2012
06.12

About

creative software for creative people

openArtist tries to be a focus point for artists to get their hands on creative software

scr1

State of creative software

So many cool applications. But hard to find. Hard to install. Hard to keep updated. Artists want to use software, loose interest fast if is seems hard to get to work. People who write software are mostly more interested in developing and put all their energy into this than in distribution.

openArtist tries to collect and combine creative software into one distribution, ready to use. Some of these programs are just not found in Ubuntu/Debian repositories, are built from scratch and packaged into openArtist’s repository. Also the Personal Package (ppa) archives play a siginficant role in openArtist. Canonical has made a fine invention when setting up Launchpad and their ppas. Many people build their own versions of programs, drivers etc, and openArtist tries to use the best ppas around to provide a stable, up-to-date distribution and program base.

The Base system

Currently based on ubuntu 12.04, openArtist has a stable base system, which is tuned for multimedia useage. On the low level side, you can install other kernels with one click. Liqourix, Realtime and Lowlatency are for your disposal. As the standard kernel is even good enough for lowlatency audio, and this is optional. Lowlevel multimedia packages like ffmpeg try to be as fresh as it will not break the system. Nvidia CUDA is available, as well as a manual how to install latest proprietary graphics drivers by hand. Infiniband drivers let you put together a fast SAN, Exfat read+write driver kernel module. ZFS filesystem support via kernel module. ZRAM kernel module toggle.

On the Highlevel side, the standard Keyboard shortcuts have been changed, mainly to use the windows (super) key instead of ctrl, as this would interfer with many program’s keyboard shortcuts. The keyboard shortcuts of the desktop environments have been unified, so that you have one set of shortcuts which work on every DE: the Openbox environment, the XFCE environment and the CLASSIC Panel environment. OpenArtist ships with these three by default now. Openbox is a highly configurable, low memory gui for power users, slower computers, multimedia installations. XFCE is a full blown desktop environment with everything you will ever need, but on a lighter base than e.g Gnome, Kde. CLASSIC Panel is a hack of the gnome3 fallback mode, it provides a gnome2 look&feel with the familiar panel used in pervious openArtist versions. Some may call it nostalgic, but it works really well.
The nautilus file manager has been patched to bring back some lost and add some new functionality. This includes direct file sharing over nfs via avahi, and some plugins like nautilus-actions and rabbitvcs.
All these changes will be documented in great detail elsewhere.

Choice.

Choice is the key value in openArtist. To have more than one tool for one task is crucial, not only in terms of artistic freedom.FLOSS Linux is not perfect, and the chances that a task will succeed rise if you have more choice. If one program fails, one of the others will work. Also, the personal preferences mirror themselves in the tools which we use.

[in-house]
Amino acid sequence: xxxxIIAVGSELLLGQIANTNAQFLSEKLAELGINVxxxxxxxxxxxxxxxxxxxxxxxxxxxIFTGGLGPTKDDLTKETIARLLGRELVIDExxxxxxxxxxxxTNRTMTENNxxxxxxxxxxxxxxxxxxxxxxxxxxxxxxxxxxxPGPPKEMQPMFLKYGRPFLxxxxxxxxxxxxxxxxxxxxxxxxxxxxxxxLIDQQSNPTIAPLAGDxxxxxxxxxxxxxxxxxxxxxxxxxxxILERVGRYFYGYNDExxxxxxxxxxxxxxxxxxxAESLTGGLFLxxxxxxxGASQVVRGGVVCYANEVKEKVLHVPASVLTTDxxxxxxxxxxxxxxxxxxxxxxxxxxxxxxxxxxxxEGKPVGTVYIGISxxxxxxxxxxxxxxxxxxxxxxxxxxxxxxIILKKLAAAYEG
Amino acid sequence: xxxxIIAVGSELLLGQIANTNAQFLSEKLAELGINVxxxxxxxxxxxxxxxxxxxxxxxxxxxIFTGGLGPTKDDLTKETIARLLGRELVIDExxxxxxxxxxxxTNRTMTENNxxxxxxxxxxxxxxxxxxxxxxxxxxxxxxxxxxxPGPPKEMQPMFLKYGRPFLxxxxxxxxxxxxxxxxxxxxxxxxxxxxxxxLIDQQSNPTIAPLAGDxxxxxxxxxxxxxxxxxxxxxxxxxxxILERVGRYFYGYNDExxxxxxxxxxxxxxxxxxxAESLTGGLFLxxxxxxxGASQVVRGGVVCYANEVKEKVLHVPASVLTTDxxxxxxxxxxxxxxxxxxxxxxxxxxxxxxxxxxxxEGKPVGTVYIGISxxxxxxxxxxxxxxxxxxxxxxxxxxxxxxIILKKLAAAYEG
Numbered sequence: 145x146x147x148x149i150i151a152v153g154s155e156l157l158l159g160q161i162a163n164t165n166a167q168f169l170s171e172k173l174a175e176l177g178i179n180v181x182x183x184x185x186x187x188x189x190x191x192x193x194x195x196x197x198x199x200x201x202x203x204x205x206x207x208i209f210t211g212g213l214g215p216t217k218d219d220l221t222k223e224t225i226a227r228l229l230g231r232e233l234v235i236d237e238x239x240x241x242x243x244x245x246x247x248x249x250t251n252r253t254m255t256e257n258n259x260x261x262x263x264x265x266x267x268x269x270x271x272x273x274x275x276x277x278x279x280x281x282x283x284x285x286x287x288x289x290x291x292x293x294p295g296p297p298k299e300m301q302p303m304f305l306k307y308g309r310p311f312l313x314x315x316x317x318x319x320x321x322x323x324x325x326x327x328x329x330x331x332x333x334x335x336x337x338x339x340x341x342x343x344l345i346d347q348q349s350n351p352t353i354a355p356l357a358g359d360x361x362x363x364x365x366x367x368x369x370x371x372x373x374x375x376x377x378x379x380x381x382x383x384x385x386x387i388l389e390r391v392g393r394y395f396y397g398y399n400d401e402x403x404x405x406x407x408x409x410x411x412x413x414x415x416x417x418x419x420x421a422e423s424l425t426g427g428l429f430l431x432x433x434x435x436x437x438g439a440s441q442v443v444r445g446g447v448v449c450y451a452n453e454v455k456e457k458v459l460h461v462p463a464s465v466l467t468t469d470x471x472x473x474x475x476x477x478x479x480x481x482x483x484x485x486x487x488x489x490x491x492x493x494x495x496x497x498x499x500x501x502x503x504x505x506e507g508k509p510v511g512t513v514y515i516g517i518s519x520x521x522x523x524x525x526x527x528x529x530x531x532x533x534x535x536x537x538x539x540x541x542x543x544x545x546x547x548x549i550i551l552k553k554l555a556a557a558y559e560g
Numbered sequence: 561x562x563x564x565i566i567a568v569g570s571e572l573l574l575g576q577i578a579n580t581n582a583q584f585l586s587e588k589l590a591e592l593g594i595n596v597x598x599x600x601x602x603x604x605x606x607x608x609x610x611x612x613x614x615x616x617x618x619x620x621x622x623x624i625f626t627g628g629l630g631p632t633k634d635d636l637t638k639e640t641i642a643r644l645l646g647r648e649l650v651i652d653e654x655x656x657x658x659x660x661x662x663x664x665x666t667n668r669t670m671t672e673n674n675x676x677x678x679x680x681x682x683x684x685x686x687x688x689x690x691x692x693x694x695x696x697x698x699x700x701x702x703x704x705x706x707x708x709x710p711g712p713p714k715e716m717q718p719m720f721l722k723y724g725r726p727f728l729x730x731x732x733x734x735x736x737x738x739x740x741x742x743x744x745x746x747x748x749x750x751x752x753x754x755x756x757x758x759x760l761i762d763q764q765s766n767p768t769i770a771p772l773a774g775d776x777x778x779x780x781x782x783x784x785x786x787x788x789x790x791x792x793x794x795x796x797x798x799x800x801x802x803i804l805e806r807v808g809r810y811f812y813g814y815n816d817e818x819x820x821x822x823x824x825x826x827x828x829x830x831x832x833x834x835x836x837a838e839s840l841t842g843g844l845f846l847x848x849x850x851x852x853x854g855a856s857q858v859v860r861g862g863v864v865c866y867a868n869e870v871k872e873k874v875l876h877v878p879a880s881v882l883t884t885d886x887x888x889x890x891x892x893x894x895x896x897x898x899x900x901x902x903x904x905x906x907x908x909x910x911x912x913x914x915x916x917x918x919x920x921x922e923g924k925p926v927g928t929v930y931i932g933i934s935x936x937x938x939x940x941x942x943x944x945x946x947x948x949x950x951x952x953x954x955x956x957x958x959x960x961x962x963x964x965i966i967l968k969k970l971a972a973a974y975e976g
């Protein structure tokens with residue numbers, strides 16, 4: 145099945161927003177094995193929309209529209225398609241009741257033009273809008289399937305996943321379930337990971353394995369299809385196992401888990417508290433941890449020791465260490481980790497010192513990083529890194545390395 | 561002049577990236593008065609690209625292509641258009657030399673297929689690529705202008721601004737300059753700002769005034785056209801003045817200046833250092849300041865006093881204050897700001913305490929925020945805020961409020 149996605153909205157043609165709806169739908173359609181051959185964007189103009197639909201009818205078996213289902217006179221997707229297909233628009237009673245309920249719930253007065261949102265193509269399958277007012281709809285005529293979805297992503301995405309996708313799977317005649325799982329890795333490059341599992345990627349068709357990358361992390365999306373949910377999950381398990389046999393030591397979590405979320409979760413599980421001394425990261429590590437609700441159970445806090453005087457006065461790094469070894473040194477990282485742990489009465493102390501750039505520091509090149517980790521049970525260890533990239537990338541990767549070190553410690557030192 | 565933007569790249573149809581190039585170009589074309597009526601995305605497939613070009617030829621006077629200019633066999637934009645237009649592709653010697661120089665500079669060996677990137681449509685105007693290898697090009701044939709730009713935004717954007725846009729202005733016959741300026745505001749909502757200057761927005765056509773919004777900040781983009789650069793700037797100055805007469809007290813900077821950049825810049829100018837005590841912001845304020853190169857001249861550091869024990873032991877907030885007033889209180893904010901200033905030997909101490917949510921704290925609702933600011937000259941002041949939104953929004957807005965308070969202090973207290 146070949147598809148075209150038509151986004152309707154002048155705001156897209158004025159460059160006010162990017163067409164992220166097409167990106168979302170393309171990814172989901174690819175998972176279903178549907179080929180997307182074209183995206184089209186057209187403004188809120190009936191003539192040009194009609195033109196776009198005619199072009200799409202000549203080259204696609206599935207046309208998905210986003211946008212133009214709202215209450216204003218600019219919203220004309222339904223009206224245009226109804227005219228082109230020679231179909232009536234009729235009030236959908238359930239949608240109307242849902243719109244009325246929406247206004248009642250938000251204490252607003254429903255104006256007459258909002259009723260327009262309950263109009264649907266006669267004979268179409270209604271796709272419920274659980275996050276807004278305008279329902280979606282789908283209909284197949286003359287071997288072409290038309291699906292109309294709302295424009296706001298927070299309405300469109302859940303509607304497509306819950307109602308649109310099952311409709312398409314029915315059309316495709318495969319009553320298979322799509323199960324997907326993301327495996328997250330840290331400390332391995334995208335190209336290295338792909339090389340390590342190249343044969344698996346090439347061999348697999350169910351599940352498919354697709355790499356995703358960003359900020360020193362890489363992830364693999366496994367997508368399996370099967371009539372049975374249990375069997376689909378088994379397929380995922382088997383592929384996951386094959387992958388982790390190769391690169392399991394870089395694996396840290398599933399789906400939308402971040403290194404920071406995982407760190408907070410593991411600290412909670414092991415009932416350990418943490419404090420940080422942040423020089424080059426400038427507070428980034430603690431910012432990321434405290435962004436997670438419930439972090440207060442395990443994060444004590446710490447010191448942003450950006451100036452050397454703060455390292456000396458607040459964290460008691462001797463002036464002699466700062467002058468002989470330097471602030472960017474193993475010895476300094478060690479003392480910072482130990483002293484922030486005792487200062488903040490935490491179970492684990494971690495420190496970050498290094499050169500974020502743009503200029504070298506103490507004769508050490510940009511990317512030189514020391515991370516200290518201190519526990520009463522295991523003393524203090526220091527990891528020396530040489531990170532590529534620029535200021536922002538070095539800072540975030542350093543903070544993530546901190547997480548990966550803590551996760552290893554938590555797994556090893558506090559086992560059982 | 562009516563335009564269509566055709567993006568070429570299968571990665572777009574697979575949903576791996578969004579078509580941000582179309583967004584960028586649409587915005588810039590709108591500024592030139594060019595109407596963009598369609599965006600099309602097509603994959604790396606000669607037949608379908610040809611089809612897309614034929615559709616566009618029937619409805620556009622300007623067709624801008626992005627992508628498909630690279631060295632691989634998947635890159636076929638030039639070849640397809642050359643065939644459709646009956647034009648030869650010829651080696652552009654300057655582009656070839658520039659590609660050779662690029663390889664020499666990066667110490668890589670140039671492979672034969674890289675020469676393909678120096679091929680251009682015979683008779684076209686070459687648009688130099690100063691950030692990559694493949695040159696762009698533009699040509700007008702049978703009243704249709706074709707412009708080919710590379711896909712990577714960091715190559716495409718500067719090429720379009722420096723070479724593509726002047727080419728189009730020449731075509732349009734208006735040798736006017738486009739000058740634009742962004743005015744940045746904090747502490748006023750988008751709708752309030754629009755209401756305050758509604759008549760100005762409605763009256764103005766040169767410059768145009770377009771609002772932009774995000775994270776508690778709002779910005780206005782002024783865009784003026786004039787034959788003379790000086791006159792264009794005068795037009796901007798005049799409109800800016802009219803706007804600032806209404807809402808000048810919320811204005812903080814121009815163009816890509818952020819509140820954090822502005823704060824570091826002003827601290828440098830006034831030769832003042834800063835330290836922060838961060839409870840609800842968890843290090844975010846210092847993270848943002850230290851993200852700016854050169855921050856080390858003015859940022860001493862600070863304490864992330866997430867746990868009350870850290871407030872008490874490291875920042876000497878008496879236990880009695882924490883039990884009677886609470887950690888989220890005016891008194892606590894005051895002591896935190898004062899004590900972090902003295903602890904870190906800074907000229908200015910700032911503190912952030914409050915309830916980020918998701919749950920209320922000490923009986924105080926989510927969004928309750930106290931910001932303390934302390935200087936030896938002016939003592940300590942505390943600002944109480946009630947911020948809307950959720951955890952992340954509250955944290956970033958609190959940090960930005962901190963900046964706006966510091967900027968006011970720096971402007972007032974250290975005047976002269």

Deeper

openArtist tries to go deeper then other distributions, in terms of preconfiguration, and in available software. That’s true for many other areas too, e.g the menu structure is much more diverse, the documentation has different levels (built-in in the lanunchers in the menu, editable mindmap, special topics essays).
For every usecase (I am a writer (which writing tools are out there? hmm ok, non distraction fullcreen writing programs, programs to help structurize a novel, …) , I am a freelancer (what does a freelancer need, apart from creative tools? timetracking tools, project management tools, money management, collaboration tools…)), it tries to provide the best set of tools, which are freely availabe for Linux.

Open

OpenArtist also tries to think out of the box of FLOSS software only. While most of its programs are openSource, there are some programs which are available as freeware, public domain, abandonware, free Demos or run in the webbrowser. Some programs, also openSource ones, work quite well in Wine (the windows abstraction layer which allows for executing windows programs in Linux). Some have no real counterpart (yet) in Linux, actually work really nice in Wine, once configured right. And this configuration is already done in openArtist. Some commercial Programs are so widely used that the cannot be ignored, when there is the possibility to run them on Linux. So e.g Ableton live (demo) or TouchDesigner (free for noncommercial Use) are bound into openArtist. Then there are Programs which allow for using them with a special personal learning edition, or which feature free demos. If these are valueable additions and there is no real free counterpart in floss Linux for them, openArtist is including them.

How does this work? Redistribution of such software is prohibited. Basiclly openArtist has scripts which are launched before an application is started, and the scripts check if it is installed. If not, it pops up an install dialog. Through this mechanism, in some cases, no standard debian package gets installed, but a script will be run which will download and install the non-redistributeable application. As this alone is a bit unclean \ most of these scripts are themselves packed in to a debian package, e.g to provide a proper removing of the software.

As there is a growing list of linux-based commercial software available for artists, openartist tries to keep track of them, too, in a special mindmap document.
.